Five Children’s National Hospital faculty named to Society for Pediatric Research
The Society for Pediatric Research (SPR) announced five new members from Children’s National Hospital. Established in 1929, SPR’s mission is to create a multi-disciplinary network of diverse researchers to improve child health.
Membership in SPR is a recognized honor in academic pediatrics. It requires nomination by academic peers and leaders as well as recognition of one’s role as an independent, productive child health researcher.
“I am so proud of our faculty and all that they have accomplished. I am thrilled that they have been recognized for their achievements,” said Beth A. Tarini, M.D., M.S., SPR president and associate director for the Center for Translational Research at Children’s National Hospital.
SPR 2021 active new members from Children’s National are:
- Katie Donnelly, M.D., M.P.H., attending physician in the Emergency Department at Children’s National Hospital. She is the medical director for Safe Kids DC, an organization dedicated to preventing accidental injuries in children in Washington DC. Her personal research interest is in preventing firearm injuries in children and she is a member of Safer through Advocacy, Firearm Education and Research (SAFER), a multidisciplinary team dedicated to firearm injury prevention at Children’s National. She is also the medical director of the newly founded hospital-based violence intervention program at Children’s National and an associate professor of pediatrics and emergency medicine at The George Washington University.“To be recognized by my peers as a researcher with a significant contribution to our field is very validating. It also opens a world of potential collaborations with excellent scientists, which is very exciting!” said Dr. Donnelly. “I am grateful for the immense support offered to me by the Division of Emergency Medicine to complete the research I am passionate about, especially my mentor Monika Goyal.”
- Panagiotis Kratimenos, M.D., Ph.D., newborn intensivist and neuroscientist at Children’s National. He studies mechanisms of brain injury in the neonate, intending to prevent its sequelae later in life. Dr. Kratimenos’ interest lies in identifying therapies to prevent or improve neurodevelopmental disabilities of sick newborns caused by prematurity and perinatal insults.“Being a member of SPR is a deep honor for me. SPR has always been a ‘mentorship home’ for me since I was a trainee and a member of the SPR junior section,” said Dr. Kratimenos. “A membership in the SPR allows us to access a very diverse, outstanding team of pediatric academicians and researchers who support the development of physician-scientists, honors excellence through prestigious grants and awards, and advocates for children at any level either locally, nationally, or internationally.”
- Rana Hamdy, M.D., M.P.H., M.S.C.E., pediatric infectious diseases physician at Children’s National and Director of the Antimicrobial Stewardship Program. She is an assistant professor of pediatrics at George Washington University School of Medicine and Health Sciences. Her area of expertise focuses on the prevention and treatment of antimicrobial resistant infections and the promotion of good antimicrobial stewardship in inpatient and outpatient settings.“It’s an honor to be joining the Society for Pediatric Research and becoming part of this distinguished multidisciplinary network of pediatric researchers,” said Dr. Hamdy. “I look forward to the opportunity to meet and work with SPR members, make connections for future collaborations, as well as encourage trainees to pursue pediatric research through the opportunities that SPR offers.”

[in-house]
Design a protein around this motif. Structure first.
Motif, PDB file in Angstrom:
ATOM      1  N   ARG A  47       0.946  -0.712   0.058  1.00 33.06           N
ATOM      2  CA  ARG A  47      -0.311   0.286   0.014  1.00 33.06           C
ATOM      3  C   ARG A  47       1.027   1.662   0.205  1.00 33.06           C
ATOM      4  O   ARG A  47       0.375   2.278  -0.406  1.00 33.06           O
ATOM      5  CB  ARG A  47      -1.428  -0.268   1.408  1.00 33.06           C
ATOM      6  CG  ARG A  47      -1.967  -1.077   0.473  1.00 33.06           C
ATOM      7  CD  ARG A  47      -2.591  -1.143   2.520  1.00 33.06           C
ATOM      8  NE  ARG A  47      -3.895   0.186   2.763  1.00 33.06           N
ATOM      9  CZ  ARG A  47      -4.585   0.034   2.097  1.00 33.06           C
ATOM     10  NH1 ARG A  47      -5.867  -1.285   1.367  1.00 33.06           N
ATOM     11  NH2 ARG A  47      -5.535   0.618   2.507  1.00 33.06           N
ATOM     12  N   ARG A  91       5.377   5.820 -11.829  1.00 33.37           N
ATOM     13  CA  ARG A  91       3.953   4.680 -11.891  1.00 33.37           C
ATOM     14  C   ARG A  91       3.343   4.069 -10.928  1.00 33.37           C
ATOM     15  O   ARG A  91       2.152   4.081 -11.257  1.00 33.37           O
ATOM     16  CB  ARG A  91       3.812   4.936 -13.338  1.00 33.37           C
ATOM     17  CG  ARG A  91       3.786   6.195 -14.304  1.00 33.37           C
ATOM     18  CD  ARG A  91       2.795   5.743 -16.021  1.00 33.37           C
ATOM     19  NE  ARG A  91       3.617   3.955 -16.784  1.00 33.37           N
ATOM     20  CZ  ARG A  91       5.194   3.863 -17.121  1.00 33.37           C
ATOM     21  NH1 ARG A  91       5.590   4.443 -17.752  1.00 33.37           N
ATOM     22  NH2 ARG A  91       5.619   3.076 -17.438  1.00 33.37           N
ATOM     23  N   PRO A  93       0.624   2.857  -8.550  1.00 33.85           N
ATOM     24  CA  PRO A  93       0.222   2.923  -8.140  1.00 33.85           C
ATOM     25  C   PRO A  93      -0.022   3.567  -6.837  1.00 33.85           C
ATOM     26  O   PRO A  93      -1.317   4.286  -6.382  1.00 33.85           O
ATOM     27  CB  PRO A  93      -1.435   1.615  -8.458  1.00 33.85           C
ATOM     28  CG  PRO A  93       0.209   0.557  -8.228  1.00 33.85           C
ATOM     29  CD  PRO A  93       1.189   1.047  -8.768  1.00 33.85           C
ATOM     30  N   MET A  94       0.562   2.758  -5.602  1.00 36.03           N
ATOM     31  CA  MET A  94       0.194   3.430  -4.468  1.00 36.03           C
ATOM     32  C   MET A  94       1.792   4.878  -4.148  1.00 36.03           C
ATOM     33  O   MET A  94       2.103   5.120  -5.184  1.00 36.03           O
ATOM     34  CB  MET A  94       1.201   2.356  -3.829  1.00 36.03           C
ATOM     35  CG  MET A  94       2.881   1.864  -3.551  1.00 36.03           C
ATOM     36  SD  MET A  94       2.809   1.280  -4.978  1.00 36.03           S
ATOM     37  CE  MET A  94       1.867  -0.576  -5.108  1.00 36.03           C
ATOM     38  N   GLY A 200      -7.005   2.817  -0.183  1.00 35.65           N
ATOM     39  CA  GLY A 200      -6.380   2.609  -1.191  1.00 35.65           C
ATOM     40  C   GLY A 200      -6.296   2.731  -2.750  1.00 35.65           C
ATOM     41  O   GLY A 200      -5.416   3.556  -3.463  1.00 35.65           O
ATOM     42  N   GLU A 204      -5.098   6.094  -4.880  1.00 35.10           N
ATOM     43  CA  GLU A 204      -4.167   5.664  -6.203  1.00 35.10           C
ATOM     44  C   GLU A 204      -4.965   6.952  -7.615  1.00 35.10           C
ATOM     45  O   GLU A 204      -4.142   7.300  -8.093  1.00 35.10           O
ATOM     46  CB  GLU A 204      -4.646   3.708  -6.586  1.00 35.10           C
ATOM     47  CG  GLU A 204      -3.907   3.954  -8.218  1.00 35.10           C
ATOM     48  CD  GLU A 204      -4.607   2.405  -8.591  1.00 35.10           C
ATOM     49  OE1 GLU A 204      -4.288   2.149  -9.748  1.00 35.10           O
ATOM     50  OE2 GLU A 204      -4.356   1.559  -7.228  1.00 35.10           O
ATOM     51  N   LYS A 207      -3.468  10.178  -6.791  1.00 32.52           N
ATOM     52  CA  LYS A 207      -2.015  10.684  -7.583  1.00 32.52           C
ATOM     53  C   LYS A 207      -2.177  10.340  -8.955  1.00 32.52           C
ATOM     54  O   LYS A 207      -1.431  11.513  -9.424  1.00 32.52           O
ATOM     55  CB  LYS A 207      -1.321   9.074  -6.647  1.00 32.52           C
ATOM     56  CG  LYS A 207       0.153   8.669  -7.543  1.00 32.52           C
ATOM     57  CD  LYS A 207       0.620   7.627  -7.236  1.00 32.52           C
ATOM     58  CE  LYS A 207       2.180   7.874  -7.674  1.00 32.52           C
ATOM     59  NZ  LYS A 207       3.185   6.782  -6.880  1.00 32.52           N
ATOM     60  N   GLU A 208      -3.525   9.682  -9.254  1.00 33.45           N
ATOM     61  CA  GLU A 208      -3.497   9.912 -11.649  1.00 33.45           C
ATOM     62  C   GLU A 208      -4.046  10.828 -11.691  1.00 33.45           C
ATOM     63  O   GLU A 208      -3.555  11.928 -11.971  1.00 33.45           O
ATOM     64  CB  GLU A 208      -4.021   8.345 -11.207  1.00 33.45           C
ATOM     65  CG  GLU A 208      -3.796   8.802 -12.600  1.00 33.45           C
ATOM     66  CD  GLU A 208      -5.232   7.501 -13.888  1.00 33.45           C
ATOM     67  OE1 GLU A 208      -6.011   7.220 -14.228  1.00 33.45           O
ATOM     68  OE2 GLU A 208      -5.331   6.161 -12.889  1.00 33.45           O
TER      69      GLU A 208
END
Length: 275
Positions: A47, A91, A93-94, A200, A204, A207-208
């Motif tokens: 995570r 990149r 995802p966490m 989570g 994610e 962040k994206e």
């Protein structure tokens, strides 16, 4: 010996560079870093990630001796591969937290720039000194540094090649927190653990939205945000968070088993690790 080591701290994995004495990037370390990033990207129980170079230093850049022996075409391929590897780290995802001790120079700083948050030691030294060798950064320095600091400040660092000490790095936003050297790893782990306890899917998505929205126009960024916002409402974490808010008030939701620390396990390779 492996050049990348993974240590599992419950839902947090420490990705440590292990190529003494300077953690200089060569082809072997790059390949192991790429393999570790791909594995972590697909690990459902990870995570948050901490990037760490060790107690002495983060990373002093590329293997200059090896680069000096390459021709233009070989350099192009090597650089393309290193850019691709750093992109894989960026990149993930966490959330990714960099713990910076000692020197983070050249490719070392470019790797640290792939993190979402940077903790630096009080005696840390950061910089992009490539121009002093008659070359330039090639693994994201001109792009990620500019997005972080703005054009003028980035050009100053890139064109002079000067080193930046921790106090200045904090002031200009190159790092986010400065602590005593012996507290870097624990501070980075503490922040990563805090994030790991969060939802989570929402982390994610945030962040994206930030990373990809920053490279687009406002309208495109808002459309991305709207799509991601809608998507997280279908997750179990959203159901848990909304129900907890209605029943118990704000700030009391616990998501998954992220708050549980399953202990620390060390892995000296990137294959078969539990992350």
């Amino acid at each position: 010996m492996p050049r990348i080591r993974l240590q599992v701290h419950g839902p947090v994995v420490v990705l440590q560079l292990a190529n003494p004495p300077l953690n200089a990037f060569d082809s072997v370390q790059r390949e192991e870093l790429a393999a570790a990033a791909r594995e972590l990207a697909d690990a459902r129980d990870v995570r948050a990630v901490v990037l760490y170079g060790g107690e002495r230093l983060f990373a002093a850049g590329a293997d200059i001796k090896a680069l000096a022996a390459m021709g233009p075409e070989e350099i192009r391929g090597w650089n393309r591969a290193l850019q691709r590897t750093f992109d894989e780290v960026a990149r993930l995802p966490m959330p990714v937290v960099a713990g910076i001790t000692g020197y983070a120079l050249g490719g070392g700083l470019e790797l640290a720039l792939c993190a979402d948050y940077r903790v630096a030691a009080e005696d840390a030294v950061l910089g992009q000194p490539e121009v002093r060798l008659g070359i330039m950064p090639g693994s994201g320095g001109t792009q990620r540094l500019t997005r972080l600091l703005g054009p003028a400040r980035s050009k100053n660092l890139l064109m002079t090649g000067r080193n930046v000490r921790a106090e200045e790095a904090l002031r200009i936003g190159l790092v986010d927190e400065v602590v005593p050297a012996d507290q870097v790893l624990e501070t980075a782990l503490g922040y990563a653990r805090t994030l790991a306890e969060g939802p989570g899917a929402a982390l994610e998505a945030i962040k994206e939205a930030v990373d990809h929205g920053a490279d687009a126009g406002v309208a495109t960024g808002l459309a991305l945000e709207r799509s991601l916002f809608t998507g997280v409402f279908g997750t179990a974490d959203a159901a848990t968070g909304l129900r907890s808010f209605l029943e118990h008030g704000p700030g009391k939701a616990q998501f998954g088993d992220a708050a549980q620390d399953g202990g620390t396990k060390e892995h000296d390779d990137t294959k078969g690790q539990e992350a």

- Shayna Coburn, Ph.D., director of Psychosocial Services in the Celiac Disease Program at Children’s National. She is a licensed psychologist specializing in coping and interpersonal relationships in chronic illness treatment, particularly for conditions involving specialized diets. She holds an appointment as assistant professor of psychiatry and behavioral sciences at The George Washington University School of Medicine and Health Sciences. Her work has focused on promoting effective doctor-patient communication, reducing healthcare disparities and supporting successful adherence across the developmental span of childhood and adolescence. She currently has a Career Development Award from National Institute of Diabetes and Digestive and Kidney Diseases to refine and test a group intervention designed to improve self-management and quality of life in teens with celiac disease.
“I hope that my background as a psychologist researcher will help diversify SPR. As an SPR member, I hope to encourage more opportunities for training, awards, and other programs that would be inclusive of clinician researchers who may not hold a traditional medical degree,” said Dr. Coburn.
- Brynn Marks, M.D., M.S.-H.P.Ed., endocrinologist at Children’s National. As a clinical and translational scientist her goal is to use unique personal experiences and training to optimize both patient and provider knowledge of and behaviors surrounding diabetes technologies thereby realizing the potential of diabetes technologies improve the lives and clinical outcomes of all people living with diabetes. Her experiences as a person living with Type 1 diabetes have undoubtedly shaped her clinical and research interests in diabetes management and medical education.
“It is an honor to be accepted for membership in the Society for Pediatric Research,” said Dr. Marks. “Being nominated and recognized by peers in this interprofessional pediatric research community will allow me networking and growth opportunities as I continue to advance my research career.”